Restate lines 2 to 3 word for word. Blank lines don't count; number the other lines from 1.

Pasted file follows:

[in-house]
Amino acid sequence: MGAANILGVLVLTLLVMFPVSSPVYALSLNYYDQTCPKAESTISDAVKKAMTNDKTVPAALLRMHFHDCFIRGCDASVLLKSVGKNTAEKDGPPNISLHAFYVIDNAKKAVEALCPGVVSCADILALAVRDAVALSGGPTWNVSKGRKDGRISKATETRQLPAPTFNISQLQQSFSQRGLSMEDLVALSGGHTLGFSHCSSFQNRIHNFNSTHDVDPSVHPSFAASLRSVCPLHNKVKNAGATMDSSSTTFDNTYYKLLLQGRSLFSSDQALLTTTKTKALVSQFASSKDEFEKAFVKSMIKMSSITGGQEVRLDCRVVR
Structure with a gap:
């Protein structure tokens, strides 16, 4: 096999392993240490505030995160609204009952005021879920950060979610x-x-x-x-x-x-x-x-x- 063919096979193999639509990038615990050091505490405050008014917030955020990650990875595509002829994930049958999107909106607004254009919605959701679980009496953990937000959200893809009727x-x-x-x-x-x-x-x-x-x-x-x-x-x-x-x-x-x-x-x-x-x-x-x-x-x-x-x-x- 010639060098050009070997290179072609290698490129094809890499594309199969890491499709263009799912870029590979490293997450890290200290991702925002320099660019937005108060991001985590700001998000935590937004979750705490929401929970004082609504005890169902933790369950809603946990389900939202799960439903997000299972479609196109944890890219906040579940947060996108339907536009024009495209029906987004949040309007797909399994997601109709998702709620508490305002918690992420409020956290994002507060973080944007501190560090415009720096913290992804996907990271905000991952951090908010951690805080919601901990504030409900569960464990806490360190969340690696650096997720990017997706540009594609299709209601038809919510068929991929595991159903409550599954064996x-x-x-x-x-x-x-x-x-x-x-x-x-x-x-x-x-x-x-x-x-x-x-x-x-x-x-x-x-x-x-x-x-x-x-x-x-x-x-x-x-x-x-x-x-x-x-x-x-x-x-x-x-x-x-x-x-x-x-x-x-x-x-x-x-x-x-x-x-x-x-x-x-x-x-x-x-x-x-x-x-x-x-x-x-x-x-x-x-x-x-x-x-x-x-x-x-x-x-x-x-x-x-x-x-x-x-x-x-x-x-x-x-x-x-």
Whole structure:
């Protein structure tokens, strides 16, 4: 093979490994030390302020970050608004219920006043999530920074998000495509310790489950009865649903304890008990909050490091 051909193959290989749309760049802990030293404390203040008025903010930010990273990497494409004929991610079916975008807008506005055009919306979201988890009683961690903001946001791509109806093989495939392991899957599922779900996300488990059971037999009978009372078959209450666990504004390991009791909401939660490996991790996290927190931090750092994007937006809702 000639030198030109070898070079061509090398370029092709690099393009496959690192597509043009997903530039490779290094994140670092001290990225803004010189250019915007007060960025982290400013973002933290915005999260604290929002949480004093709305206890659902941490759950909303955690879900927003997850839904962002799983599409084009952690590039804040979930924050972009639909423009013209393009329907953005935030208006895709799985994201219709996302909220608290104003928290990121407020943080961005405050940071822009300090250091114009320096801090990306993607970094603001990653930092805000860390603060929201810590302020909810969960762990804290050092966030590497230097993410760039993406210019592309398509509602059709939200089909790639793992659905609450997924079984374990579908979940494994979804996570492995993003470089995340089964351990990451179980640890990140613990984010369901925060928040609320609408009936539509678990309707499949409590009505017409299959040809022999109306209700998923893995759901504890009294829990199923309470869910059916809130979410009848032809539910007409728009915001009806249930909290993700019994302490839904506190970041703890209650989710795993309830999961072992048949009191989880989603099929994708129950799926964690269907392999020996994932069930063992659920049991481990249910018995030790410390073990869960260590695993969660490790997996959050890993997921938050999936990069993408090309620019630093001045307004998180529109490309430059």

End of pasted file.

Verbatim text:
Amino acid sequence: MGAANILGVLVLTLLVMFPVSSPVYALSLNYYDQTCPKAESTISDAVKKAMTNDKTVPAALLRMHFHDCFIRGCDASVLLKSVGKNTAEKDGPPNISLHAFYVIDNAKKAVEALCPGVVSCADILALAVRDAVALSGGPTWNVSKGRKDGRISKATETRQLPAPTFNISQLQQSFSQRGLSMEDLVALSGGHTLGFSHCSSFQNRIHNFNSTHDVDPSVHPSFAASLRSVCPLHNKVKNAGATMDSSSTTFDNTYYKLLLQGRSLFSSDQALLTTTKTKALVSQFASSKDEFEKAFVKSMIKMSSITGGQEVRLDCRVVR
Structure with a gap: